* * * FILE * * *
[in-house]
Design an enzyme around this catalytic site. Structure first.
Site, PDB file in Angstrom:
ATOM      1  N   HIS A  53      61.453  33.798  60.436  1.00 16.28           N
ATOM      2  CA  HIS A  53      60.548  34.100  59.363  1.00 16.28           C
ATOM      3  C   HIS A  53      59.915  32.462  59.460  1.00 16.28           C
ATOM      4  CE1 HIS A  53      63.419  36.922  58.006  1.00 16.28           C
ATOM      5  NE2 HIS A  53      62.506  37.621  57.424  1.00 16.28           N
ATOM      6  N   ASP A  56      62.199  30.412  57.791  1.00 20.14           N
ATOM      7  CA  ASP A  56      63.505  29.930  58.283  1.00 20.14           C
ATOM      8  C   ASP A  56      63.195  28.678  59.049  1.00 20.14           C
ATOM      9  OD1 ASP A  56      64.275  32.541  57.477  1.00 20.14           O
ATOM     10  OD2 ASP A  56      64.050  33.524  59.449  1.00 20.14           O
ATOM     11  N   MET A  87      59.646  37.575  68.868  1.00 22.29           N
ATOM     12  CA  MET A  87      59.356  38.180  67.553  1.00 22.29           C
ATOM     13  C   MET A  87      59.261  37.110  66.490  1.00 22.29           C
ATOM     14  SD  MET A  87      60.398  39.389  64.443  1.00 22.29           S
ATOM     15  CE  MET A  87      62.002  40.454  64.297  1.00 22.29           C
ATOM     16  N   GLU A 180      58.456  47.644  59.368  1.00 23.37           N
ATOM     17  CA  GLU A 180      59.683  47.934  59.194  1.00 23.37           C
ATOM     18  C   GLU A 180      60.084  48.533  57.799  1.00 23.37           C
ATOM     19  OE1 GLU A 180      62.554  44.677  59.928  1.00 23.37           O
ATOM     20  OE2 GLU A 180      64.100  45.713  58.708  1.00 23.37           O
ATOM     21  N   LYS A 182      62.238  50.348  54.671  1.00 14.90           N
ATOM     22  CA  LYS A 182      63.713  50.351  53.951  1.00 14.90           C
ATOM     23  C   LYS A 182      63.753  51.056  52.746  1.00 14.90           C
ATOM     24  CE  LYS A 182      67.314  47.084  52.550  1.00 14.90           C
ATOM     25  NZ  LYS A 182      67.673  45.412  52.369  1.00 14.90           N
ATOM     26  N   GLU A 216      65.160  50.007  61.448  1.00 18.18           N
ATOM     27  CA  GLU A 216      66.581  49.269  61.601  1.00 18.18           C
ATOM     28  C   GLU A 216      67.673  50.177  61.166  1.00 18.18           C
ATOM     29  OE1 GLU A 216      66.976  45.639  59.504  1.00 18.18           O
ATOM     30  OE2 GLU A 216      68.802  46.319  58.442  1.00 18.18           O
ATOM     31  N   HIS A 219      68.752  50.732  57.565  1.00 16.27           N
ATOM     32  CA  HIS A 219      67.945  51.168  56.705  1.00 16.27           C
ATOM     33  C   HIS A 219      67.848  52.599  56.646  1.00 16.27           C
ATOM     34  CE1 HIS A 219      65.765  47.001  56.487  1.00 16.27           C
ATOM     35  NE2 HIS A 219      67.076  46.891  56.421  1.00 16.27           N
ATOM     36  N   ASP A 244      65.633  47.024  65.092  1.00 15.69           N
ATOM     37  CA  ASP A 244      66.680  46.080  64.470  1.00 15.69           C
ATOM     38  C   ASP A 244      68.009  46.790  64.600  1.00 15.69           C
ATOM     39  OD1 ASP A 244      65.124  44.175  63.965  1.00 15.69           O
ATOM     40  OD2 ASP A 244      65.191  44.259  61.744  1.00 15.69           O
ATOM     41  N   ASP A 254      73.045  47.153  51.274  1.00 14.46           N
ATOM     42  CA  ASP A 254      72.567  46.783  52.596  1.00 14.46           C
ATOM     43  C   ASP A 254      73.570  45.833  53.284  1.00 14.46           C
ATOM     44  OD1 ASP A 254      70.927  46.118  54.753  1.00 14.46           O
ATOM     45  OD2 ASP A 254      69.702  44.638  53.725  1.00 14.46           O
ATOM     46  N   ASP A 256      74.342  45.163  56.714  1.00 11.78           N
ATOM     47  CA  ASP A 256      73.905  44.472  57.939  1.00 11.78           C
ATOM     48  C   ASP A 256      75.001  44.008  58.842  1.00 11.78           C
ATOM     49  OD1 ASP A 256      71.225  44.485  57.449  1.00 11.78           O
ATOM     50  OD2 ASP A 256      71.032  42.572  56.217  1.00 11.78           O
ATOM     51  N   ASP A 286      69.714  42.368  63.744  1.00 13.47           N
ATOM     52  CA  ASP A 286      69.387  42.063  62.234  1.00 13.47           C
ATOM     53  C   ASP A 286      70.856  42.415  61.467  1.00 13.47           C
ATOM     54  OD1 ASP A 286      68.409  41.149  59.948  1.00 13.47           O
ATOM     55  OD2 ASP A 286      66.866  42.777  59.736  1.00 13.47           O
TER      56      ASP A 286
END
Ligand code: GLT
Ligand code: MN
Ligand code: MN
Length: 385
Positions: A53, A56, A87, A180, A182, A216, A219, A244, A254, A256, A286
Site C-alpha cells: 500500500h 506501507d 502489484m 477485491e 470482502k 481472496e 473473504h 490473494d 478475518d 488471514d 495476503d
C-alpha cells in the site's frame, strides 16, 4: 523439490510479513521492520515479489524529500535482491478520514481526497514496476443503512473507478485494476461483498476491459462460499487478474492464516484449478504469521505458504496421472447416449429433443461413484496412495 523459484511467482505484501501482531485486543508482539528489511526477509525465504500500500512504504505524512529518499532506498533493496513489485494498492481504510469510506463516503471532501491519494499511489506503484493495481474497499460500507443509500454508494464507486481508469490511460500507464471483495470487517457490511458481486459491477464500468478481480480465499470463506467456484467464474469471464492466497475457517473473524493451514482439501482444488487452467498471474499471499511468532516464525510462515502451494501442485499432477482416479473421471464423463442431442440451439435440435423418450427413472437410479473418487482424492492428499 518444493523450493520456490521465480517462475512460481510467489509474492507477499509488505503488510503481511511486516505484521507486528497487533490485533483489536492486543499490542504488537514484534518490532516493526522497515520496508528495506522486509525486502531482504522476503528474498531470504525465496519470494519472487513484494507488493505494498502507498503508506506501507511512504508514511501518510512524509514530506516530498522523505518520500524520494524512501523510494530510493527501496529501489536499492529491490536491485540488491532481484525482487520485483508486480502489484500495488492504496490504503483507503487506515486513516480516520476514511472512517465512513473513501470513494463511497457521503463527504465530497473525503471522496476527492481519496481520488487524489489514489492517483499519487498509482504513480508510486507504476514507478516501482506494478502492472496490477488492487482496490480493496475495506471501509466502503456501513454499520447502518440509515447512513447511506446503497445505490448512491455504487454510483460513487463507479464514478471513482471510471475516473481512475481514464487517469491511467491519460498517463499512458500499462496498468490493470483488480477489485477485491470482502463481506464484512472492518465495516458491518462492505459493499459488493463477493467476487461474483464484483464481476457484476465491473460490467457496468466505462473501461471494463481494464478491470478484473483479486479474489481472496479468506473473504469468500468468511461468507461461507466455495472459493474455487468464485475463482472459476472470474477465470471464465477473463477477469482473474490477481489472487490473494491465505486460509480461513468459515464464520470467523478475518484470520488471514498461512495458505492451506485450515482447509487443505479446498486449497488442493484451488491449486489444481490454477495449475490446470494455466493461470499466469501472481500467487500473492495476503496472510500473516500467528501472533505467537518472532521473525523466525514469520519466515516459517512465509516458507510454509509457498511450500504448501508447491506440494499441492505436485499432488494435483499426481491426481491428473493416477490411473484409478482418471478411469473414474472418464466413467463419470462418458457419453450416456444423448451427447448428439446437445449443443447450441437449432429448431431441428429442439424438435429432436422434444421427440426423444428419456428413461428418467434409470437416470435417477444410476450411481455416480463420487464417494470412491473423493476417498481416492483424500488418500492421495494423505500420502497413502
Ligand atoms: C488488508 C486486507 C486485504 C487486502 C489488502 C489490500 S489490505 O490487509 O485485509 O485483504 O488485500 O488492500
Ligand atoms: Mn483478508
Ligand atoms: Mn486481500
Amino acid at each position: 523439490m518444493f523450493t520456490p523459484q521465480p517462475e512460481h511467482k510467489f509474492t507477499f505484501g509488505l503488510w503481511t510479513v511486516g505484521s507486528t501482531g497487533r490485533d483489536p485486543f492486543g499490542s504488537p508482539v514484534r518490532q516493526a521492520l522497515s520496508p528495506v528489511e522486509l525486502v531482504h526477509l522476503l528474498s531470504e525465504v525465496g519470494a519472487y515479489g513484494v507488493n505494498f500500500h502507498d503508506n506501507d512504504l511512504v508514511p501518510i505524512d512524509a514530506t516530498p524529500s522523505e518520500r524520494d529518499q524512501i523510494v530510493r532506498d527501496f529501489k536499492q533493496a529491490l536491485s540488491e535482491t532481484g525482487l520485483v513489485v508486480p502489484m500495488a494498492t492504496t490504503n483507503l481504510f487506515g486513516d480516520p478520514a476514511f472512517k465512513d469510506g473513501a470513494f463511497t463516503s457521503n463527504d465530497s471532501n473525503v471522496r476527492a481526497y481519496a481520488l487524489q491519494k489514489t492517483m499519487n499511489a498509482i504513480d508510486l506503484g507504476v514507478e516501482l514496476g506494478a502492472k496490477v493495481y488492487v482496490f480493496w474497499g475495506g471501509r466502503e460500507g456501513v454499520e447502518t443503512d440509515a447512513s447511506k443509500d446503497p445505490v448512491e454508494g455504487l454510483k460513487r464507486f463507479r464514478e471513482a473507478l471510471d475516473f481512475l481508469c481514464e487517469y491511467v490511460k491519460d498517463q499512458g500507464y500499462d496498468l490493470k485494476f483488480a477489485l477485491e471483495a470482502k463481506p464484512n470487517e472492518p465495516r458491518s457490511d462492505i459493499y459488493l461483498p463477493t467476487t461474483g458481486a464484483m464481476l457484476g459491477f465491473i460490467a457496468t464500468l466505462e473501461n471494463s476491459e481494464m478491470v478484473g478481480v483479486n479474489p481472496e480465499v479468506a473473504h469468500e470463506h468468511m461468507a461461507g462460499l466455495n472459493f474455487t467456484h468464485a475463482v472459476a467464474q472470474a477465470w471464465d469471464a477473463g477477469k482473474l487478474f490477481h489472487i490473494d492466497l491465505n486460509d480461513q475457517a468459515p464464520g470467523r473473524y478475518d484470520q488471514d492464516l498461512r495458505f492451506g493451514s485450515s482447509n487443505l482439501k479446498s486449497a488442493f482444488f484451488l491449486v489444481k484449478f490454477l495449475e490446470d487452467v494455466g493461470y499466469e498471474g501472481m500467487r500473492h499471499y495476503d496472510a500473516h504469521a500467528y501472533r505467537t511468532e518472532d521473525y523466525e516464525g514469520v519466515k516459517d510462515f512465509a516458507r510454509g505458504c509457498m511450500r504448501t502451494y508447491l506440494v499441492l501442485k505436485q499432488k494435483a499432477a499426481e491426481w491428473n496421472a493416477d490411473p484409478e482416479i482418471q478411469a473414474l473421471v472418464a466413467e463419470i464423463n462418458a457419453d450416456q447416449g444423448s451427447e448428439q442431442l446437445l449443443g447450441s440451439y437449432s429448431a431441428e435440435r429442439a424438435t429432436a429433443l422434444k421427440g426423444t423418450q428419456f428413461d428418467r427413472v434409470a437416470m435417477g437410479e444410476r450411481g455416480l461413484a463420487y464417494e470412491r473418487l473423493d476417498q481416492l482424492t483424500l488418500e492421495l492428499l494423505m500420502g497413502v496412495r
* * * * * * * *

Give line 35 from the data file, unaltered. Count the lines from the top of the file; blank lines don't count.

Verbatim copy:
ATOM     32  CA  HIS A 219      67.945  51.168  56.705  1.00 16.27           C